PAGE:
Falls Trail Stop 2
NPS Photo by Stella Carroll
The prehistoric people who lived here were dependent on their immediate environment for everything they needed, including food, clothing, shelter, and medicine. The environment within Frijoles Canyon has several characteristics which made it a good place for the Ancestral Pueblo people to live. Frijoles Creek is a permanent stream, a rare commodity in the arid Southwest. A reliable source of water, diverse vegetation, and an abundance of wildlife supplied the needs of some of the earliest inhabitants of Frijoles Canyon. As people began more permanent settlements, agriculture appeared. Beans, corn, and squash were grown in the canyon bottom, in shallow basins, on side slope terraces and on the mesa tops, where the Ancestral Puebloans developed water conserving methods. Shelters could be made by carving a cave into the soft cliff, or by building a home of stone blocks cut from tuff.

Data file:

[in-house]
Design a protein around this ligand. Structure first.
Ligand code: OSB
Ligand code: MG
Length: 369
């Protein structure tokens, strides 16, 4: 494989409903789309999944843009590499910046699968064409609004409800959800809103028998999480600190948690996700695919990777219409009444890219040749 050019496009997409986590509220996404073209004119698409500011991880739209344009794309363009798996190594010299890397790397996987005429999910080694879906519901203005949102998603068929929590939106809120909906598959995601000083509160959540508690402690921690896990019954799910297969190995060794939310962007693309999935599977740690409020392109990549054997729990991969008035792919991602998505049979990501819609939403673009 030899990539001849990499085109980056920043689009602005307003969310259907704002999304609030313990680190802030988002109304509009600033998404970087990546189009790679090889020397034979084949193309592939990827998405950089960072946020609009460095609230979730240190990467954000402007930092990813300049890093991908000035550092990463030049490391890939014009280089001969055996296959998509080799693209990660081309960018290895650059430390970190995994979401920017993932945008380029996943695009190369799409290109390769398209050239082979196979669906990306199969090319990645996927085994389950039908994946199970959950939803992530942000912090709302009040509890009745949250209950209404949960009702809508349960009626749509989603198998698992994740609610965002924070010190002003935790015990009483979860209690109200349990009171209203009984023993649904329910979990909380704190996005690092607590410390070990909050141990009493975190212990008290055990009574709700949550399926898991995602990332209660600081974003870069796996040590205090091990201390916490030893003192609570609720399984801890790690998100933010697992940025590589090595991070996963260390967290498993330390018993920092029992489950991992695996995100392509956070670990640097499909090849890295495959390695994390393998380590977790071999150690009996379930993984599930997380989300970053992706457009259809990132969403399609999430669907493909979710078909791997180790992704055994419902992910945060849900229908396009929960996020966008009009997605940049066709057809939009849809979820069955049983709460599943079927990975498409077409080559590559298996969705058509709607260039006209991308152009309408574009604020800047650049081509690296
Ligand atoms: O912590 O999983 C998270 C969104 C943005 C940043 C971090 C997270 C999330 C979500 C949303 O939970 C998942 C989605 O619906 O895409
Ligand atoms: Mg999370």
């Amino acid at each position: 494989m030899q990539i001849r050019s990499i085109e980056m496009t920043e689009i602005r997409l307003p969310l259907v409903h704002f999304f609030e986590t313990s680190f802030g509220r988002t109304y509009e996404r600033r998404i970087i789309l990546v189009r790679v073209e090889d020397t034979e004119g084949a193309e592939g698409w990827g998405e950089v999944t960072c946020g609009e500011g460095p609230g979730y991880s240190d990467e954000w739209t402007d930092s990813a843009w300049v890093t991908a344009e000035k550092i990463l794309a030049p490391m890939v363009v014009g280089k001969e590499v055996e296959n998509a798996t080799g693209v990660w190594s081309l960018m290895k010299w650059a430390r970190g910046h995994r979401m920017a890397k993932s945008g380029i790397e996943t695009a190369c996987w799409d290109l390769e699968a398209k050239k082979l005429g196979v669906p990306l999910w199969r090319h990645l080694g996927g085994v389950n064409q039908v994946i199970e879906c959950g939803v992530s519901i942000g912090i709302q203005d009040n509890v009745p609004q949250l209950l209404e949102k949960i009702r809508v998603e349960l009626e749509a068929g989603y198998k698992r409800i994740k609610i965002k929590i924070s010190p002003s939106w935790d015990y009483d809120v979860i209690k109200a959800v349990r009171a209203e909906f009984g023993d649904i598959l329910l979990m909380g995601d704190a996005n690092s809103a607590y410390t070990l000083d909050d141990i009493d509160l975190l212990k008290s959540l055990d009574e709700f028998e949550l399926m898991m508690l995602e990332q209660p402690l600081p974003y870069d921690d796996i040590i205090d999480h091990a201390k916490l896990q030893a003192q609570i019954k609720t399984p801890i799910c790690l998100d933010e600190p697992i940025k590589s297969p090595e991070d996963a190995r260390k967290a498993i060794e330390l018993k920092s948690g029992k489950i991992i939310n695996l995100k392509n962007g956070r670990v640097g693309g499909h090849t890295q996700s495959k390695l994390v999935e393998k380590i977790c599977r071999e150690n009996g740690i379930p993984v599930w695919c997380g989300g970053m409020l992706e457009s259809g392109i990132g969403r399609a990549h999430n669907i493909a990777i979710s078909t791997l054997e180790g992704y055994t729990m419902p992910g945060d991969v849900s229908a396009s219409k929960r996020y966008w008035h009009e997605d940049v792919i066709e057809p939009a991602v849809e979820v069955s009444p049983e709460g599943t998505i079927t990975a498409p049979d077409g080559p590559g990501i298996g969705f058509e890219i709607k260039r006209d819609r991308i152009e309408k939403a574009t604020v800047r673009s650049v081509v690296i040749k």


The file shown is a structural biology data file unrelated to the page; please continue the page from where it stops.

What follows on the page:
Did You Know?
About 70% of Bandelier National Monument is a designated Wilderness area? Hikers can enjoy viewing remote archeological sites and spotting rare wildlife in this less developed area of the park.